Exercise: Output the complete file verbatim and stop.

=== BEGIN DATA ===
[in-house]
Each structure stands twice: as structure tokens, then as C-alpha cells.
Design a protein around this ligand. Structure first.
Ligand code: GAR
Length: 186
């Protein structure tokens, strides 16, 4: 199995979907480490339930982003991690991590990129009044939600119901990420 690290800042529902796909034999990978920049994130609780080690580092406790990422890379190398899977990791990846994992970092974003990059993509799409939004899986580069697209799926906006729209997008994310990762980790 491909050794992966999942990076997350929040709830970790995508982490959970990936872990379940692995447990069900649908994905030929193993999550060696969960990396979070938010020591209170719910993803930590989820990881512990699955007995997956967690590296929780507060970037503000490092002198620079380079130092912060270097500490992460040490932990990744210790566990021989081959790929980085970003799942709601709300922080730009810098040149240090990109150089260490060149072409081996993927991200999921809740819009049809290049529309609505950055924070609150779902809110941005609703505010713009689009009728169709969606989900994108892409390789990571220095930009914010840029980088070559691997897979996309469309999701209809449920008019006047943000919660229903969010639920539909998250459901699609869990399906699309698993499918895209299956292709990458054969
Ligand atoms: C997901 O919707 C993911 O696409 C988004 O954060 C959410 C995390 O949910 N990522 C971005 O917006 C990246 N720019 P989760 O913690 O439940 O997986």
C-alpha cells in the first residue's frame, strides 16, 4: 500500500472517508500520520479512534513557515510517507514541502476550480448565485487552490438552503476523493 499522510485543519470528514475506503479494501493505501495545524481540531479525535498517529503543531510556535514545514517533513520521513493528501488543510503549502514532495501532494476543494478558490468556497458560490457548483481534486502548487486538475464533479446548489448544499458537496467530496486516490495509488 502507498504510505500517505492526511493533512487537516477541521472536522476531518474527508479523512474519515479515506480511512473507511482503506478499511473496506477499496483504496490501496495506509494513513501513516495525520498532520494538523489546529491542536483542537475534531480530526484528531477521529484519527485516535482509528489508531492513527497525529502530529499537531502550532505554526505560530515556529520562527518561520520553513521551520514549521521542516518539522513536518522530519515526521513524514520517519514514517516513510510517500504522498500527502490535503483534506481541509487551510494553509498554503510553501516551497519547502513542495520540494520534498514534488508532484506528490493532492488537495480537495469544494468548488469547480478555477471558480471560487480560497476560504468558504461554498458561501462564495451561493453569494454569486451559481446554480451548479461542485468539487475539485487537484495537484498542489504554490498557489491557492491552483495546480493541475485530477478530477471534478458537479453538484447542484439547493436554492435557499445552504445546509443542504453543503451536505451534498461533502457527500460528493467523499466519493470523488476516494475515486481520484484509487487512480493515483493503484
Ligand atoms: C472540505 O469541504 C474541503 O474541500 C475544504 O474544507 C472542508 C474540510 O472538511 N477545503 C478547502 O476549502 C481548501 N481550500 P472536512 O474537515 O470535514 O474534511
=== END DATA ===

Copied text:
[in-house]
Each structure stands twice: as structure tokens, then as C-alpha cells.
Design a protein around this ligand. Structure first.
Ligand code: GAR
Length: 186
């Protein structure tokens, strides 16, 4: 199995979907480490339930982003991690991590990129009044939600119901990420 690290800042529902796909034999990978920049994130609780080690580092406790990422890379190398899977990791990846994992970092974003990059993509799409939004899986580069697209799926906006729209997008994310990762980790 491909050794992966999942990076997350929040709830970790995508982490959970990936872990379940692995447990069900649908994905030929193993999550060696969960990396979070938010020591209170719910993803930590989820990881512990699955007995997956967690590296929780507060970037503000490092002198620079380079130092912060270097500490992460040490932990990744210790566990021989081959790929980085970003799942709601709300922080730009810098040149240090990109150089260490060149072409081996993927991200999921809740819009049809290049529309609505950055924070609150779902809110941005609703505010713009689009009728169709969606989900994108892409390789990571220095930009914010840029980088070559691997897979996309469309999701209809449920008019006047943000919660229903969010639920539909998250459901699609869990399906699309698993499918895209299956292709990458054969
Ligand atoms: C997901 O919707 C993911 O696409 C988004 O954060 C959410 C995390 O949910 N990522 C971005 O917006 C990246 N720019 P989760 O913690 O439940 O997986």
C-alpha cells in the first residue's frame, strides 16, 4: 500500500472517508500520520479512534513557515510517507514541502476550480448565485487552490438552503476523493 499522510485543519470528514475506503479494501493505501495545524481540531479525535498517529503543531510556535514545514517533513520521513493528501488543510503549502514532495501532494476543494478558490468556497458560490457548483481534486502548487486538475464533479446548489448544499458537496467530496486516490495509488 502507498504510505500517505492526511493533512487537516477541521472536522476531518474527508479523512474519515479515506480511512473507511482503506478499511473496506477499496483504496490501496495506509494513513501513516495525520498532520494538523489546529491542536483542537475534531480530526484528531477521529484519527485516535482509528489508531492513527497525529502530529499537531502550532505554526505560530515556529520562527518561520520553513521551520514549521521542516518539522513536518522530519515526521513524514520517519514514517516513510510517500504522498500527502490535503483534506481541509487551510494553509498554503510553501516551497519547502513542495520540494520534498514534488508532484506528490493532492488537495480537495469544494468548488469547480478555477471558480471560487480560497476560504468558504461554498458561501462564495451561493453569494454569486451559481446554480451548479461542485468539487475539485487537484495537484498542489504554490498557489491557492491552483495546480493541475485530477478530477471534478458537479453538484447542484439547493436554492435557499445552504445546509443542504453543503451536505451534498461533502457527500460528493467523499466519493470523488476516494475515486481520484484509487487512480493515483493503484
Ligand atoms: C472540505 O469541504 C474541503 O474541500 C475544504 O474544507 C472542508 C474540510 O472538511 N477545503 C478547502 O476549502 C481548501 N481550500 P472536512 O474537515 O470535514 O474534511